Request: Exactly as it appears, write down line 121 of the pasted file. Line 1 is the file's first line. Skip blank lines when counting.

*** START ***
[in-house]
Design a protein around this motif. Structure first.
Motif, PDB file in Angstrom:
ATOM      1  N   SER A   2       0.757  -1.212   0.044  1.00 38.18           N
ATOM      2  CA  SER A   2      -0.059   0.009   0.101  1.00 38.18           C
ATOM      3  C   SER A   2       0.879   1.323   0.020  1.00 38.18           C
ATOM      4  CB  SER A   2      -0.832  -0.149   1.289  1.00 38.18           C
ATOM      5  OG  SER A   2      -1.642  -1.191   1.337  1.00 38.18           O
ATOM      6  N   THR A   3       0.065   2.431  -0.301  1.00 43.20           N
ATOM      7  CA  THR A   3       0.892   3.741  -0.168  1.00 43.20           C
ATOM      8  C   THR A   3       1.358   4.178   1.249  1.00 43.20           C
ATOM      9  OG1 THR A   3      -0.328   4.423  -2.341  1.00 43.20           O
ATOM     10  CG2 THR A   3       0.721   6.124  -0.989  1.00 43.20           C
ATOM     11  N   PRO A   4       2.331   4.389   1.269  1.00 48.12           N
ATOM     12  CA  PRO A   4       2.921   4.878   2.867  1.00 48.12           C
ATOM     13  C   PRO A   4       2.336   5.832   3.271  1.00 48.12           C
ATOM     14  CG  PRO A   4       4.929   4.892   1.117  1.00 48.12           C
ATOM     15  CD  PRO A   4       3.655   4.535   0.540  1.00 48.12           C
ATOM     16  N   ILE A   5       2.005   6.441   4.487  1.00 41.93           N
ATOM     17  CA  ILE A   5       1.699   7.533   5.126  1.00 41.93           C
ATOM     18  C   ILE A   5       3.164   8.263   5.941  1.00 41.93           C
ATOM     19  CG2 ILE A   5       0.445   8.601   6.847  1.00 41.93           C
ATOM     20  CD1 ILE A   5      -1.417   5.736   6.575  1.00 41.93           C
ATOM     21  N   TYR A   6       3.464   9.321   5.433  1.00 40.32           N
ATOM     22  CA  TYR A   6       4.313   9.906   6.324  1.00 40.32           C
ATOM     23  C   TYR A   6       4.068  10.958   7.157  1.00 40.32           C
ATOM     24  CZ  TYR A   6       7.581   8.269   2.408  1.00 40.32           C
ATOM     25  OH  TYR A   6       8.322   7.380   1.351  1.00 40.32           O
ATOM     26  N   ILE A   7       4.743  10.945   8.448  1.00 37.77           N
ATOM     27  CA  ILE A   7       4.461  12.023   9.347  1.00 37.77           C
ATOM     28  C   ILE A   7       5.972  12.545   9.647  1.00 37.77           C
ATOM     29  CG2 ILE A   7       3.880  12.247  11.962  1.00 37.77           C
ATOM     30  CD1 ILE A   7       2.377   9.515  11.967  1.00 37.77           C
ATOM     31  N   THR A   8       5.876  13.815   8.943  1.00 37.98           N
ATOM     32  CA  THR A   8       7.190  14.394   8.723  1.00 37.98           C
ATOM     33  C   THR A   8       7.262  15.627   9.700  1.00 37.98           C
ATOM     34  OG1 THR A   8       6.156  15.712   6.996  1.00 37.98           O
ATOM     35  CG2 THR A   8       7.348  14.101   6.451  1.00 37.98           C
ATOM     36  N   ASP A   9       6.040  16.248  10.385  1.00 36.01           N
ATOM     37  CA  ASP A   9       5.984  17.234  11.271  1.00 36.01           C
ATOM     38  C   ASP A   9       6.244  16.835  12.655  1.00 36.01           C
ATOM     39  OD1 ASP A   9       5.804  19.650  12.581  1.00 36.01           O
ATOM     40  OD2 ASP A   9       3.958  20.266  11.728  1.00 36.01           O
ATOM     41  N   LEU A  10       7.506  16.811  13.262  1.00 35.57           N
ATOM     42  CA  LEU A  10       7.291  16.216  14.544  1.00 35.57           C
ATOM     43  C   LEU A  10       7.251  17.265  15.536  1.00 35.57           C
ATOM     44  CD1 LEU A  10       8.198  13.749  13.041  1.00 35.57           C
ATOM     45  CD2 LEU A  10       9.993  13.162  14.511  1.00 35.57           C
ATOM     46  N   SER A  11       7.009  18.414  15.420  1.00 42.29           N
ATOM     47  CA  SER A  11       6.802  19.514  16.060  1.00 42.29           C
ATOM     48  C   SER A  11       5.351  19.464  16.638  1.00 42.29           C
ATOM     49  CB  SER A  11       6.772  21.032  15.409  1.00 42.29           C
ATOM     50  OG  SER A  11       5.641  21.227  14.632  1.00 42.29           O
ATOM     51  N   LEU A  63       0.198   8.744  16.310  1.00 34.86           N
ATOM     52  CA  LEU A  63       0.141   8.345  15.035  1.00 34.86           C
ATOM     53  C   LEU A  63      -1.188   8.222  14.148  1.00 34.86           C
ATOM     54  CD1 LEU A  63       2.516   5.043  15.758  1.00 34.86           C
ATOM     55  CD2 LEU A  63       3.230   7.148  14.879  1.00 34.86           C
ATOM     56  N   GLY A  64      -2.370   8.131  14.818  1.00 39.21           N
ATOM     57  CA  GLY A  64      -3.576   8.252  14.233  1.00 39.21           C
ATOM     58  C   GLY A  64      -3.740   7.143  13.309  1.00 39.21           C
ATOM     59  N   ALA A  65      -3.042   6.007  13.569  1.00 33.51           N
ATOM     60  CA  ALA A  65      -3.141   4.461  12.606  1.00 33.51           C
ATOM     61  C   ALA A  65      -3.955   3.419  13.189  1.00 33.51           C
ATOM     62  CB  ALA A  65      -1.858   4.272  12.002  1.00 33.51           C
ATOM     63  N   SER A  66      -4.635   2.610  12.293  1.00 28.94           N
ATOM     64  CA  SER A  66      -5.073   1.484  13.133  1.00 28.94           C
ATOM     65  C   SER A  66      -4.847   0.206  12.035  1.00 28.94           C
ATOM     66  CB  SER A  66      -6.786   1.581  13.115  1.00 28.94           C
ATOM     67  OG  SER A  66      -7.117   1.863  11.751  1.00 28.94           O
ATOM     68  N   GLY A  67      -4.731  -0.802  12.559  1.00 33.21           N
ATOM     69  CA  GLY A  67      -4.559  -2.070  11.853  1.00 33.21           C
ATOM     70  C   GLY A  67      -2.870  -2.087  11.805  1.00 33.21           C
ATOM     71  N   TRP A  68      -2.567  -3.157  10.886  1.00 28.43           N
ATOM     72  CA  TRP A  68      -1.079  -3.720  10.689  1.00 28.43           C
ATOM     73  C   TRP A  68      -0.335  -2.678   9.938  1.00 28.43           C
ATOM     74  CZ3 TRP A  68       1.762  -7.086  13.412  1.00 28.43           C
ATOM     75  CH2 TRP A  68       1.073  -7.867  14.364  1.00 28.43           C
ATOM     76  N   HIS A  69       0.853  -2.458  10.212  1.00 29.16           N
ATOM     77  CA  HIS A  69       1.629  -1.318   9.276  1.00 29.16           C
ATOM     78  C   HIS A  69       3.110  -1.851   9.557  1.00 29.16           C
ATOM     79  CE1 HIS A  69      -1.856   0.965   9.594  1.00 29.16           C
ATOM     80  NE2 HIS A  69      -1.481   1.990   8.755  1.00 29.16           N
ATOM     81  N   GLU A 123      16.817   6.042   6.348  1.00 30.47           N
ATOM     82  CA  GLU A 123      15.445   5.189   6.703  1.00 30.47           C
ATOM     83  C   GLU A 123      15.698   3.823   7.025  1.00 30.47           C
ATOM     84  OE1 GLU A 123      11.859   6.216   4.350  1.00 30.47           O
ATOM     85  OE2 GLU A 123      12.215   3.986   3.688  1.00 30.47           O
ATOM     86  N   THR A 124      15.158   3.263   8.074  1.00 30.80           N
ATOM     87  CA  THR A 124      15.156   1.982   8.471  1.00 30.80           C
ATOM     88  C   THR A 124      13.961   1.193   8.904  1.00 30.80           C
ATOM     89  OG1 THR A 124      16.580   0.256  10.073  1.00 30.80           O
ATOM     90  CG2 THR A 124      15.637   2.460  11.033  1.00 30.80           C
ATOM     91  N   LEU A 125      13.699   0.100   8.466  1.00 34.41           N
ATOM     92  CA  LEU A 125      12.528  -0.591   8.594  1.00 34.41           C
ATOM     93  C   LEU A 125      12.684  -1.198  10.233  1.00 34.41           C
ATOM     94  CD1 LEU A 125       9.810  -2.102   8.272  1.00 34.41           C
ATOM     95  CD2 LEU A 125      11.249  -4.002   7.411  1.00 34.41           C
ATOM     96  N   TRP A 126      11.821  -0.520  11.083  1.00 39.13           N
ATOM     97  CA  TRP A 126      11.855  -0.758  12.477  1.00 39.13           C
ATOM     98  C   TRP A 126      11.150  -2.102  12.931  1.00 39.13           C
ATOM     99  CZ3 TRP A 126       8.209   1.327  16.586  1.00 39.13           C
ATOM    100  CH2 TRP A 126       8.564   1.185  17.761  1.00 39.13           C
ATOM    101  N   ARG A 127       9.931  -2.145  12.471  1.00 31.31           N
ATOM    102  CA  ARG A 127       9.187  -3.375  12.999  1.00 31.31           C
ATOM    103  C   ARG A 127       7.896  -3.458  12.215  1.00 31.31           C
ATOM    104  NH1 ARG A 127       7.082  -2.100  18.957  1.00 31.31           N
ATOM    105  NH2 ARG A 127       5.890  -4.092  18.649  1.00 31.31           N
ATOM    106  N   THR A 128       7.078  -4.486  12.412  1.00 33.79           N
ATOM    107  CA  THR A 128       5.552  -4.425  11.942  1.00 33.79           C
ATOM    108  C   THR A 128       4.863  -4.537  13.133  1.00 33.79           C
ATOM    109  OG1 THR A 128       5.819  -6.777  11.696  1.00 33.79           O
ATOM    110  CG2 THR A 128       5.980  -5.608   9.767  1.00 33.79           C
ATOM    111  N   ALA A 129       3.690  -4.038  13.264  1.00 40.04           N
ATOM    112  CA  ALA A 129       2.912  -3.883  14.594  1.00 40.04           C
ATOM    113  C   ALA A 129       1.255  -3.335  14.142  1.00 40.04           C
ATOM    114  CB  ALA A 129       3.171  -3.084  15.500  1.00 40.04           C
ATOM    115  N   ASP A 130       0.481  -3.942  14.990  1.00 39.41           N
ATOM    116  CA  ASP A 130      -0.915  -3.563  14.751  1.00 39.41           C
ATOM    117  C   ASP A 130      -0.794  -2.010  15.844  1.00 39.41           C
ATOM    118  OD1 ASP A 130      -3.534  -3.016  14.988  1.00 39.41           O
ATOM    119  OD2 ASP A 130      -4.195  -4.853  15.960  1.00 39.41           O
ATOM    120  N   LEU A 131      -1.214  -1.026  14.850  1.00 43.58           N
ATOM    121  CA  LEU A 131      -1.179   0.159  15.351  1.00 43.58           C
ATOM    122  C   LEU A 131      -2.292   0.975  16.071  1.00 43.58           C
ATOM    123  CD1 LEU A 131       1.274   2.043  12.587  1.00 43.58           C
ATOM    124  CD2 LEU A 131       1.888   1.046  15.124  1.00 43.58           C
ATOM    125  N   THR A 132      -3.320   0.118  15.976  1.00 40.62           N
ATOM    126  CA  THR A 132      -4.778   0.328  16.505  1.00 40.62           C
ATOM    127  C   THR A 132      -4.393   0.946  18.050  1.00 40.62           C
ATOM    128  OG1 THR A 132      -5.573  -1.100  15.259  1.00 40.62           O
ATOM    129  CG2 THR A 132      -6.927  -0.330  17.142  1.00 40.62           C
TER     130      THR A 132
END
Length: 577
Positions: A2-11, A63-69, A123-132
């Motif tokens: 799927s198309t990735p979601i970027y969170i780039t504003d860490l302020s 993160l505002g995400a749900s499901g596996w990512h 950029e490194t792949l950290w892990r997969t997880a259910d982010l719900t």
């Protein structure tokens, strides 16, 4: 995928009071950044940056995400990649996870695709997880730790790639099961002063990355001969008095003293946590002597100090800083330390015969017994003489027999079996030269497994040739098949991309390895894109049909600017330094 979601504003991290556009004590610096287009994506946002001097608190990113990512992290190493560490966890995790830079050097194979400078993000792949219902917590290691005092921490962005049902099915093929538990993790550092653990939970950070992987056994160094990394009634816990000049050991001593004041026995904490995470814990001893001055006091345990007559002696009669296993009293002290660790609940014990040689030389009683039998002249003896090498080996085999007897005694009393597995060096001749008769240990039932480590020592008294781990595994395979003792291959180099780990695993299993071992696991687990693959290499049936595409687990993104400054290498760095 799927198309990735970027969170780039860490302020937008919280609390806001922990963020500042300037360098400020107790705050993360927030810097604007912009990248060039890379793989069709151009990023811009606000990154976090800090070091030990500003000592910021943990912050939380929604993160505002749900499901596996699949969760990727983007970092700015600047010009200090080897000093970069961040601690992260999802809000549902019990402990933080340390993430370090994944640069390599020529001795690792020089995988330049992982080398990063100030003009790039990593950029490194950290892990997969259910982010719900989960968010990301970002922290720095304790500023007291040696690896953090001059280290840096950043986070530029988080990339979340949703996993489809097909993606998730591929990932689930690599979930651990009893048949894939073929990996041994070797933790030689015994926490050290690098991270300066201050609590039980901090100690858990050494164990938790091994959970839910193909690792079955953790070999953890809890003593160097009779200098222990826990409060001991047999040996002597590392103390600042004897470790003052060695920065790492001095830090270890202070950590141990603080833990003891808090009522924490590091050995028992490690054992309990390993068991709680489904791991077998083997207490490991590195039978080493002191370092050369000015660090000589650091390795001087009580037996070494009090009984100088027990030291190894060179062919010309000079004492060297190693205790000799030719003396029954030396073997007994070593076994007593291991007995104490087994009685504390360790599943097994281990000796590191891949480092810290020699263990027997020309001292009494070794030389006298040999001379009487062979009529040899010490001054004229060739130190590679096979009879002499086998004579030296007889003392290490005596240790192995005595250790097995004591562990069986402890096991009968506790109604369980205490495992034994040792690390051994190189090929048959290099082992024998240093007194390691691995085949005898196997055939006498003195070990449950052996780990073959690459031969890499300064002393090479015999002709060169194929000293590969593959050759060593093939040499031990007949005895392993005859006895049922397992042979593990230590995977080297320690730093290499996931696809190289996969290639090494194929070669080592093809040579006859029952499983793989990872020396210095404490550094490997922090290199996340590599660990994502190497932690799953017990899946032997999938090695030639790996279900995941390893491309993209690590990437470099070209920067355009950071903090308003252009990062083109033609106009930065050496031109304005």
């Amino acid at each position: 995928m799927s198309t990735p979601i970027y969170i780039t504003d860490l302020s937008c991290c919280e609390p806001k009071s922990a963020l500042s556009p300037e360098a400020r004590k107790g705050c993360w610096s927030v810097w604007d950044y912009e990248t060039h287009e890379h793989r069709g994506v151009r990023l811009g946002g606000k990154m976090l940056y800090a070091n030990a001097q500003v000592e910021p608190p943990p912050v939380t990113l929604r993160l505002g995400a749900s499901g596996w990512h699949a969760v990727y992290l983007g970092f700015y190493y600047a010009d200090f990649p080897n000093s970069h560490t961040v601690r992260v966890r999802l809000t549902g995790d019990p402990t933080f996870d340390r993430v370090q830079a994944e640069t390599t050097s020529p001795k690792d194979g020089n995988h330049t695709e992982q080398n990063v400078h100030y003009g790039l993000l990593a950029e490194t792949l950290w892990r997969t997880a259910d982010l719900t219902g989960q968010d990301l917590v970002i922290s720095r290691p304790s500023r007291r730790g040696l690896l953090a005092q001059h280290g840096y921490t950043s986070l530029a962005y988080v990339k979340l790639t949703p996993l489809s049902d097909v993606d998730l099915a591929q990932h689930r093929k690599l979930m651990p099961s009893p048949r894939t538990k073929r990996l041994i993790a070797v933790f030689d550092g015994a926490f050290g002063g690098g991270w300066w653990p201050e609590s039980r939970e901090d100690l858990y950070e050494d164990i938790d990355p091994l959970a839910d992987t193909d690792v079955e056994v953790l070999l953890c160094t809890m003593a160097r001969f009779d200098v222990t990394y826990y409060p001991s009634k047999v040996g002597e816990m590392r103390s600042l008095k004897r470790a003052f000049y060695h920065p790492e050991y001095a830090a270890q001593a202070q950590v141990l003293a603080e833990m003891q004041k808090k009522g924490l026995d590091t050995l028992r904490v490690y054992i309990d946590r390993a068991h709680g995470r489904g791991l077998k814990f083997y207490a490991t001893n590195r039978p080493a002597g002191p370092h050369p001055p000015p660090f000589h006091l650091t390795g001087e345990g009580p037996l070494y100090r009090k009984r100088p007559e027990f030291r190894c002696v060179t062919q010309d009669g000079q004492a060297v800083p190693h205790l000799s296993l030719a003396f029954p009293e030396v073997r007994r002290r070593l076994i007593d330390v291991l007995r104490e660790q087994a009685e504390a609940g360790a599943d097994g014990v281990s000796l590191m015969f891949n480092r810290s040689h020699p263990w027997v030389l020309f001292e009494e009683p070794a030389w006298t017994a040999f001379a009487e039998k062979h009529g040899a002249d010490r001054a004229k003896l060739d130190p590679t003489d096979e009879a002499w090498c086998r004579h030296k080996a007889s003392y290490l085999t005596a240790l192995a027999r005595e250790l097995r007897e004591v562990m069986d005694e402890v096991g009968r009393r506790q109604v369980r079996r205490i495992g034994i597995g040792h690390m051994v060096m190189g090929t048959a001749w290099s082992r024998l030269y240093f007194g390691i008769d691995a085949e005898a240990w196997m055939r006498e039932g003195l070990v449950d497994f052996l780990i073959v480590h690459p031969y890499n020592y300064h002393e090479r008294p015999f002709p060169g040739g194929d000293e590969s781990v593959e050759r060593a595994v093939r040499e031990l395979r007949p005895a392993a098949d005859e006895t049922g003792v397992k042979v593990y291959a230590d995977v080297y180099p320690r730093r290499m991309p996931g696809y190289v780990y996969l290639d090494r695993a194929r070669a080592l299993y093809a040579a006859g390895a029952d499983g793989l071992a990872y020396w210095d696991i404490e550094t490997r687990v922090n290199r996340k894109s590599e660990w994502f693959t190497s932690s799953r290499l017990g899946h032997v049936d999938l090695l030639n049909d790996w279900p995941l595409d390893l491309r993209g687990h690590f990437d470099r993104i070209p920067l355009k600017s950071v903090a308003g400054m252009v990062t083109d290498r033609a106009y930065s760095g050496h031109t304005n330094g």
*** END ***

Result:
ATOM    118  OD1 ASP A 130      -3.534  -3.016  14.988  1.00 39.41           O